President Obama has nominated Katherine Dhanani, a long-time diplomat with a specialty in African affairs, to be the first U.S. ambassador to Somalia since 1991.
Dhanani is currently director of regional and security affairs at the State Department’s Africa bureau. Her past posts include India, Mexico, Guyana, the Democratic Republic of the Congo and other African countries.
If confirmed by the Senate, Dhanani would lead the U.S. mission in Somalia, which for security reasons is still based in Nairobi, Kenya. “As security conditions permit, we look forward to increasing our diplomatic presence in Somalia and eventually reopening the U.S. Embassy in Mogadishu,” said State Department spokeswoman Jen Psaki on Tuesday.
The reinstallation of an ambassador in Mogadishu is “a reflection both of our deepening relationship with the country and of our faith that better times are ahead,” Wendy Sherman, undersecretary of state for political affairs, said in June about the upcoming announcement.
She said increased U.S. aid to the East African nation includes military assistance to help fight militant group al-Shabab. “The campaign against al-Shabab is an essential part of Somalia’s struggle to recover. Equally critical, however, is progress in establishing governing institutions that are capable and credible.”
The U.S. Embassy in Mogadishu closed in 1991 after the Somali government collapsed and the country entered a civil war. A U.S. military presence remained in Somalia, but that withdrew as well after what became known as the Black Hawk Down incident in 1993, when Somali militiamen shot down two U.S. helicopters, killing 18 service members.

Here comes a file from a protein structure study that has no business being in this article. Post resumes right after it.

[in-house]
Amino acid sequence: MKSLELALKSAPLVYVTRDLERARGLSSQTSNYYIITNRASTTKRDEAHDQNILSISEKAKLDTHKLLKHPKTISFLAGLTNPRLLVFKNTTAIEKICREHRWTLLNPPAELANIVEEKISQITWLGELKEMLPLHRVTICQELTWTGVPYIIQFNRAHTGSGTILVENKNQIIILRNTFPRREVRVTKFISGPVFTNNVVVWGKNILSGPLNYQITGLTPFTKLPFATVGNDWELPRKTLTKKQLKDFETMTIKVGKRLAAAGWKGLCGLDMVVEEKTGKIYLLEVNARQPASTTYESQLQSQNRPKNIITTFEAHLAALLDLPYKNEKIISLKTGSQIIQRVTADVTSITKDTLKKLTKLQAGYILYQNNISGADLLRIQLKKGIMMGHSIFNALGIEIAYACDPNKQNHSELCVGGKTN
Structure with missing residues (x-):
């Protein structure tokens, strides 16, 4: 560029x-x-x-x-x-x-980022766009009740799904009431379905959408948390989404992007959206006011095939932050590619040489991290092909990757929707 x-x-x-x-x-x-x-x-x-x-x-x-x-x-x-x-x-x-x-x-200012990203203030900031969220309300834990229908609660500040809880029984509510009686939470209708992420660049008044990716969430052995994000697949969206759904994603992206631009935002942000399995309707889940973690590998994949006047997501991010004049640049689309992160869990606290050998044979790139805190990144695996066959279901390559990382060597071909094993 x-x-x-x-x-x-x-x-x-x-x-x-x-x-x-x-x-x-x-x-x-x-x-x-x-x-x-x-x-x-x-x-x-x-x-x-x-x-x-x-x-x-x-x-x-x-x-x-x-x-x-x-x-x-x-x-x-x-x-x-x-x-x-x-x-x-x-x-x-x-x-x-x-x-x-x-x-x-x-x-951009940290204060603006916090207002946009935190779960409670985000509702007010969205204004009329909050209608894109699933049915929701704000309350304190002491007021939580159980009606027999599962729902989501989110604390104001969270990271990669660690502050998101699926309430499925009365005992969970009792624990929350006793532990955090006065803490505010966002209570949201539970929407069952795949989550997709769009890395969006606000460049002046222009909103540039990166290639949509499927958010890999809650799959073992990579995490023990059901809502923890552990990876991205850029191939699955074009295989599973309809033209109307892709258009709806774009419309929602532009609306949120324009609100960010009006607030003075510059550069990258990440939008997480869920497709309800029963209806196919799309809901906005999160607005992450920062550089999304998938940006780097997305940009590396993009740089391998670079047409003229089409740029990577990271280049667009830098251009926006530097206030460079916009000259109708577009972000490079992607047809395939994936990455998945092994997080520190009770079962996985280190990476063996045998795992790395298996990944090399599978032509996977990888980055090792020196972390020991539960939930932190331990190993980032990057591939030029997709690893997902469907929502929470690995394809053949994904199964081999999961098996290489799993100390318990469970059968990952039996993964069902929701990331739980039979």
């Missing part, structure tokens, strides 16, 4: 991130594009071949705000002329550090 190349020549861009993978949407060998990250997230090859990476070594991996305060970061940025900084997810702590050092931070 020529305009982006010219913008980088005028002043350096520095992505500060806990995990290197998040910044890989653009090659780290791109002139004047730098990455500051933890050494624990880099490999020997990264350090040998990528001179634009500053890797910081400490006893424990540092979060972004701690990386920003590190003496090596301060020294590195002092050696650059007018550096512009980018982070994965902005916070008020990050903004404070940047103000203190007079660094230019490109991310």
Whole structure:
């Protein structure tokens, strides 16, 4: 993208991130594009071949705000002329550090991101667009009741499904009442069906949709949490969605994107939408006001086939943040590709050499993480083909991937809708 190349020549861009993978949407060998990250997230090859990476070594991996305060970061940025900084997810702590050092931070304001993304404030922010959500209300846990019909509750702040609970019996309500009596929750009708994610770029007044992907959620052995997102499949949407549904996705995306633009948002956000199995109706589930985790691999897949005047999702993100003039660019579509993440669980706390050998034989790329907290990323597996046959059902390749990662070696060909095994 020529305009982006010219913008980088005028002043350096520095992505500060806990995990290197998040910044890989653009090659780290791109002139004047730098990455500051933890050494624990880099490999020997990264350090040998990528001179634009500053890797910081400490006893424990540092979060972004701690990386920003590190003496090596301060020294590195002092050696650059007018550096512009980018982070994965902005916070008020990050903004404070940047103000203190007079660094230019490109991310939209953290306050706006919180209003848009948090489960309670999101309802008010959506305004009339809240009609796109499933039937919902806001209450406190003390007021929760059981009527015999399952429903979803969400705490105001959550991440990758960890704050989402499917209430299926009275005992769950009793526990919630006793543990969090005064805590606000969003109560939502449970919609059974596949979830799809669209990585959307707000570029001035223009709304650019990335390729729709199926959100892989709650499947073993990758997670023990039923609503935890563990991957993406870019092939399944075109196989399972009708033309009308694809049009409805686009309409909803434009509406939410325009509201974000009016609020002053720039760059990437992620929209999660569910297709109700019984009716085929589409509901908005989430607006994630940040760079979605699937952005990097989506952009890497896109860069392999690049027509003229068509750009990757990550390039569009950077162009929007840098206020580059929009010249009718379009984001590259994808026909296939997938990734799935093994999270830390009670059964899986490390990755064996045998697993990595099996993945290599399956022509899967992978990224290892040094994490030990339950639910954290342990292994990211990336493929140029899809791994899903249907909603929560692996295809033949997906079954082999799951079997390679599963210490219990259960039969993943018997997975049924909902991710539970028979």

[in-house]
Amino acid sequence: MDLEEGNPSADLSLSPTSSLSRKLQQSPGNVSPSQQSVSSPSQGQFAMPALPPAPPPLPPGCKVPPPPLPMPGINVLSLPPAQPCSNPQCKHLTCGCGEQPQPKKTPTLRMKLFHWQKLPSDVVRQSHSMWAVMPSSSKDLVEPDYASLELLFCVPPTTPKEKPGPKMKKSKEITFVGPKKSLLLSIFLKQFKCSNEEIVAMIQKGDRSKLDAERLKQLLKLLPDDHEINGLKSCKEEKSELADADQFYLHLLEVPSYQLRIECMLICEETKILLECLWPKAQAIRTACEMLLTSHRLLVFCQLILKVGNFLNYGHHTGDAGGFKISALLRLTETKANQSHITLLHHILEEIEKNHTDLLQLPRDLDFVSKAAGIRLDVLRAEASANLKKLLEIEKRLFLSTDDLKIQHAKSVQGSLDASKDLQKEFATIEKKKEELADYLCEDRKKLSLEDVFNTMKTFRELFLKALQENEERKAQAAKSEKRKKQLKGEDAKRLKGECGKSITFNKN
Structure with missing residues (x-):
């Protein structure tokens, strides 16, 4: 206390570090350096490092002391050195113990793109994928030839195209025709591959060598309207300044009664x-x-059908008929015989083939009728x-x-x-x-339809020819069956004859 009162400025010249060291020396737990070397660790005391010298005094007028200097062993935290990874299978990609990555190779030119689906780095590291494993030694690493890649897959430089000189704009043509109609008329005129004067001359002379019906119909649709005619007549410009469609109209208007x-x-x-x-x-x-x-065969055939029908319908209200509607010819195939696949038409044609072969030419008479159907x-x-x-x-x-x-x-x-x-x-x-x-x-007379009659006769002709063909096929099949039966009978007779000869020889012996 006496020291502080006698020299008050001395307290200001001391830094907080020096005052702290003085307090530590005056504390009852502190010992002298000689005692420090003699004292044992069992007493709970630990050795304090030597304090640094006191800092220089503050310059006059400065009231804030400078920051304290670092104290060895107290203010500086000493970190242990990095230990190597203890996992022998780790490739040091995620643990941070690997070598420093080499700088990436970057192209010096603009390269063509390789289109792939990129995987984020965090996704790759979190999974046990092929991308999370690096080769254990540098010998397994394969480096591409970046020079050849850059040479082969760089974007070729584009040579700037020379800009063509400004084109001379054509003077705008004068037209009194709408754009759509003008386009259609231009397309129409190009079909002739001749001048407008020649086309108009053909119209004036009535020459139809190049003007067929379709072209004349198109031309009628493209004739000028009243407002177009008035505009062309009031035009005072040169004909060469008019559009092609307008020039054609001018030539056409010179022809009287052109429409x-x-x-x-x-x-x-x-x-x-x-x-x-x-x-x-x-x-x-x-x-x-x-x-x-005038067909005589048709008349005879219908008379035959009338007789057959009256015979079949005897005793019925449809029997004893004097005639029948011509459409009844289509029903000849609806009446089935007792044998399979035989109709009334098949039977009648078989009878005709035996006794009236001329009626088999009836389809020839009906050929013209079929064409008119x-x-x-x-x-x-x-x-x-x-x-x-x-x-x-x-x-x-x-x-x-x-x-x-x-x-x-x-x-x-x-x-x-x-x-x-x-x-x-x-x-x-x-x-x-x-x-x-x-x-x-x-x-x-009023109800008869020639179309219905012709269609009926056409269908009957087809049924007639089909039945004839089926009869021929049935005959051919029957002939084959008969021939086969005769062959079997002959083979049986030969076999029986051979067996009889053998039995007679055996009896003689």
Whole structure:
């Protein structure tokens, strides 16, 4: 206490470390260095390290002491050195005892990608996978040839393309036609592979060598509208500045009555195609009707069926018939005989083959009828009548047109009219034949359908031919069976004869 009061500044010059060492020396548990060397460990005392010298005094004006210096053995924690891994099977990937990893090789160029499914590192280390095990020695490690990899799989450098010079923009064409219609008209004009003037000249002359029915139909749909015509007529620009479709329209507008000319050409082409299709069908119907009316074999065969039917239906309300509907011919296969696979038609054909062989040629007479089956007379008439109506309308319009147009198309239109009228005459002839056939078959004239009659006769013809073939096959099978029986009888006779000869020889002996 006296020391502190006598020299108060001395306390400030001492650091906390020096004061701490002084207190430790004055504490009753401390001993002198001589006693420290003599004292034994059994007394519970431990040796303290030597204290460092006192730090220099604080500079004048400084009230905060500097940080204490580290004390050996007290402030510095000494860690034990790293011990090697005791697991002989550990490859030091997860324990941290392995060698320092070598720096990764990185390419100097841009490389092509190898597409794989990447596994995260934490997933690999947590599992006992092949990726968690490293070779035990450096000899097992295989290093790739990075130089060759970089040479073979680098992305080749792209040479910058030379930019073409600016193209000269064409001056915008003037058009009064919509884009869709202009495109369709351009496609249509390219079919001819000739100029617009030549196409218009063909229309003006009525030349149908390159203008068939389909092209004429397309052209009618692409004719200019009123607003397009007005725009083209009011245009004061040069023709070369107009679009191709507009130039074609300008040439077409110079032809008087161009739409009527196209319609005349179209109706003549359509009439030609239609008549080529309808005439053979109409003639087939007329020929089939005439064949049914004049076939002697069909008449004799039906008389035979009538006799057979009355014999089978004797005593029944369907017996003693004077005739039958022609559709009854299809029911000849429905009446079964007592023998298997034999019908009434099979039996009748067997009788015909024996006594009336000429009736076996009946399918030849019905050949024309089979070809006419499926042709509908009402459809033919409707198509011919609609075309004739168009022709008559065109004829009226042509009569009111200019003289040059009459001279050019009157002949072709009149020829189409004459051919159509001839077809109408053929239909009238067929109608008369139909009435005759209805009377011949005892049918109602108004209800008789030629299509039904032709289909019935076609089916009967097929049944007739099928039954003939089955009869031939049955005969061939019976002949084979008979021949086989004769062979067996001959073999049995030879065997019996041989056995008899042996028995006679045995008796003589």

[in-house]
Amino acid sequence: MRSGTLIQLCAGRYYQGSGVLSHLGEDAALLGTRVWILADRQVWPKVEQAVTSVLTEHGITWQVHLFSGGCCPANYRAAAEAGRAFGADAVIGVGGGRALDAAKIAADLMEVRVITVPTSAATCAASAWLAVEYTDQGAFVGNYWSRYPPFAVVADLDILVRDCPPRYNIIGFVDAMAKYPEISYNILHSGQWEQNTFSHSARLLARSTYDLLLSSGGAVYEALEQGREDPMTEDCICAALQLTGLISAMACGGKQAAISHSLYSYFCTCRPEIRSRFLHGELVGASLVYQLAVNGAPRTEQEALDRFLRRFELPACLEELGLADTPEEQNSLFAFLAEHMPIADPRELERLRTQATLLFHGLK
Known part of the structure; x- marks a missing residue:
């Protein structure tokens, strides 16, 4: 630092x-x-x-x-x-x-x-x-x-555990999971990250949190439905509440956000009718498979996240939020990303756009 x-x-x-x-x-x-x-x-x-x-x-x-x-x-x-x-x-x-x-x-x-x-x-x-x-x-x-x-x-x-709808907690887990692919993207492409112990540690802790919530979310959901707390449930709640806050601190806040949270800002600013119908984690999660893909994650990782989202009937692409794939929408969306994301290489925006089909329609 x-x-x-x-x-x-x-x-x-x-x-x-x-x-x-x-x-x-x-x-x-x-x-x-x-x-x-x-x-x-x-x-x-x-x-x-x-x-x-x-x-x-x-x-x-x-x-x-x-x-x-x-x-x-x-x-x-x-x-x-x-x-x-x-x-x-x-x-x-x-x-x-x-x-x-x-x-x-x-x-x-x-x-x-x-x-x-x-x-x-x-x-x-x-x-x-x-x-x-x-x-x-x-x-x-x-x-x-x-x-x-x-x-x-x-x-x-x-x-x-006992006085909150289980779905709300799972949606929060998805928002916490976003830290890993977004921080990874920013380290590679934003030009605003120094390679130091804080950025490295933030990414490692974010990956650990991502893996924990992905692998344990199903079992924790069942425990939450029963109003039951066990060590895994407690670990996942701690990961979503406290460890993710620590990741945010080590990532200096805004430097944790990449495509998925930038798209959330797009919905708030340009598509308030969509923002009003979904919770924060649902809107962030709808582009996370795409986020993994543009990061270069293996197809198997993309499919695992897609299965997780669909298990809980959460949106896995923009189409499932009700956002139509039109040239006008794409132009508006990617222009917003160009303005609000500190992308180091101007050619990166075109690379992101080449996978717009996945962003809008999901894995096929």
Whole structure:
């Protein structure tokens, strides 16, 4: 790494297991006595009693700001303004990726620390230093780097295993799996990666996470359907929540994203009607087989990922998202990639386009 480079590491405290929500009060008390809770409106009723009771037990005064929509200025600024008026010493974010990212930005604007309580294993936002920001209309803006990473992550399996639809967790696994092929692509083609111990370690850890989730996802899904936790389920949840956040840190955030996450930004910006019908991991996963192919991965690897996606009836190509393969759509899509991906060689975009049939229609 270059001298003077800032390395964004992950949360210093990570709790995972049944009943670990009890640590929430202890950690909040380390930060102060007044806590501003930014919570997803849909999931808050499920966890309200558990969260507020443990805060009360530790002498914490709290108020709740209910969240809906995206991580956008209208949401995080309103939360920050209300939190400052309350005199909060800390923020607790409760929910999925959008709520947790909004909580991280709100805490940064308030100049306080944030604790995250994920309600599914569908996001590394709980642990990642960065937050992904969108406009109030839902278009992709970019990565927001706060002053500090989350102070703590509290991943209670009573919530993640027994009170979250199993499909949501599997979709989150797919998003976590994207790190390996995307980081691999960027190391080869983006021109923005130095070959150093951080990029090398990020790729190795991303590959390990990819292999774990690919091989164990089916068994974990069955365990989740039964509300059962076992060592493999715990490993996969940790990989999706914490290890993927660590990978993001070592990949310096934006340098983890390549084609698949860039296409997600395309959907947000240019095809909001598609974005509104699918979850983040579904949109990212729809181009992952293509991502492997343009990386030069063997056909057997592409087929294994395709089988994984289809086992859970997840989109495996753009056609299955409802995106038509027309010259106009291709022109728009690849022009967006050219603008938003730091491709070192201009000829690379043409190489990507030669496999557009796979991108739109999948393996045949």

Relations began to improve after civil and political activist Hassan Sheikh Mohamud was elected president in 2012, and the United States officially recognized the Somali government in 2013.
“Somalia has considerable work ahead to complete its transition to a peaceful, democratic, and prosperous nation,” said Psaki. “The United States is committed to supporting Somalia on this journey as a steadfast partner.”
Ahmed Samatar, Somali-born founding dean of the Institute for Global Citizenship at Macalester College, said the new ambassador will have her hands full in a country plagued by terrorist violence, corruption, an impoverished society including a large refugee population, and the secessionist struggle over the northern region of Somaliland, which declared its independence from Somalia after the overthrow of the Siad Barre dictatorship in 1991.
“Since the vast majority of the people of Somaliland are adamant to go their own way, how would this ambassador deal with this and look after U.S. interests?” he asked.
Now isn’t the time for the United States to officially recognize the Somali government, let alone appoint an ambassador, said J. Peter Pham, director of the Atlantic Council’s Africa Center.
The Somali government has little influence beyond the capital. Instability within the current regime has meant the turnover of two prime ministers and “countless cabinet reshuffles,” he said. “Given the relatively brief tenures which they can expect to hold, senior government officials largely view their appointments as opportunities for self-enrichment and other corruption before they are forced to move on.”
The progress that Somalia has made recently is mainly on the military front against al-Shabab militants, and that “has been largely the work of the African Union forces which have deployed in larger numbers and with better training,” along with help from U.S. intelligence and special operations, said Pham.
So “the decision to recognize such a so-called government is the worst of both worlds: recognized sovereignty hampers freedom of action against terrorist threats by U.S. forces while ineffective sovereignty means we don’t really get a worthwhile ally in exchange for the limitations,” he said.
Richard Downie, deputy director of the Center for Strategic and International Studies’ Africa Program, said in order to move forward, the Somali government needs to start delivering tangible gains to its citizens, including security, water, basic health services and education.
Its regular bouts of political infighting “confirm the suspicions of the general public that their leaders are more concerned with satisfying their own ambitions than with improving the lives of ordinary Somalis,” he said.